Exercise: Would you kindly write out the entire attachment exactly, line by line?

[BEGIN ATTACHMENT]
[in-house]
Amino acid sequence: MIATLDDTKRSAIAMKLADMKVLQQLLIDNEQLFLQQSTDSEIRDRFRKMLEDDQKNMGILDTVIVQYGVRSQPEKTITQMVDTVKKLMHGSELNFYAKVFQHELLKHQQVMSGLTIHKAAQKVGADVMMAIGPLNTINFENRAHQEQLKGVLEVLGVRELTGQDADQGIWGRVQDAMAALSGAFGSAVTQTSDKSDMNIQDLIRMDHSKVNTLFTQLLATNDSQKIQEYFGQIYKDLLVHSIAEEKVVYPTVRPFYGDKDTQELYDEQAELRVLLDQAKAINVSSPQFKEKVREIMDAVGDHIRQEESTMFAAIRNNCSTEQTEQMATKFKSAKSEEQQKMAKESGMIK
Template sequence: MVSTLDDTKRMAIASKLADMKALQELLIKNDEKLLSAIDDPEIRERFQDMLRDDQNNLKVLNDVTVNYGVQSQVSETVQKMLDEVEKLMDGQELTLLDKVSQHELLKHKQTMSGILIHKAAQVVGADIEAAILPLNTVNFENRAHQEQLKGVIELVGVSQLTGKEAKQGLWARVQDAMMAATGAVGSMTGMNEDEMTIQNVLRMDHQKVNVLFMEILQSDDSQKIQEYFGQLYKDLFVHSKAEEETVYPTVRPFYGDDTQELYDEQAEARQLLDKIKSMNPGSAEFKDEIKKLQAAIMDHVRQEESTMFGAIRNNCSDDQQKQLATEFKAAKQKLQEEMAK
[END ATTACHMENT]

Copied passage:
[in-house]
Amino acid sequence: MIATLDDTKRSAIAMKLADMKVLQQLLIDNEQLFLQQSTDSEIRDRFRKMLEDDQKNMGILDTVIVQYGVRSQPEKTITQMVDTVKKLMHGSELNFYAKVFQHELLKHQQVMSGLTIHKAAQKVGADVMMAIGPLNTINFENRAHQEQLKGVLEVLGVRELTGQDADQGIWGRVQDAMAALSGAFGSAVTQTSDKSDMNIQDLIRMDHSKVNTLFTQLLATNDSQKIQEYFGQIYKDLLVHSIAEEKVVYPTVRPFYGDKDTQELYDEQAELRVLLDQAKAINVSSPQFKEKVREIMDAVGDHIRQEESTMFAAIRNNCSTEQTEQMATKFKSAKSEEQQKMAKESGMIK
Template sequence: MVSTLDDTKRMAIASKLADMKALQELLIKNDEKLLSAIDDPEIRERFQDMLRDDQNNLKVLNDVTVNYGVQSQVSETVQKMLDEVEKLMDGQELTLLDKVSQHELLKHKQTMSGILIHKAAQVVGADIEAAILPLNTVNFENRAHQEQLKGVIELVGVSQLTGKEAKQGLWARVQDAMMAATGAVGSMTGMNEDEMTIQNVLRMDHQKVNVLFMEILQSDDSQKIQEYFGQLYKDLFVHSKAEEETVYPTVRPFYGDDTQELYDEQAEARQLLDKIKSMNPGSAEFKDEIKKLQAAIMDHVRQEESTMFGAIRNNCSDDQQKQLATEFKAAKQKLQEEMAK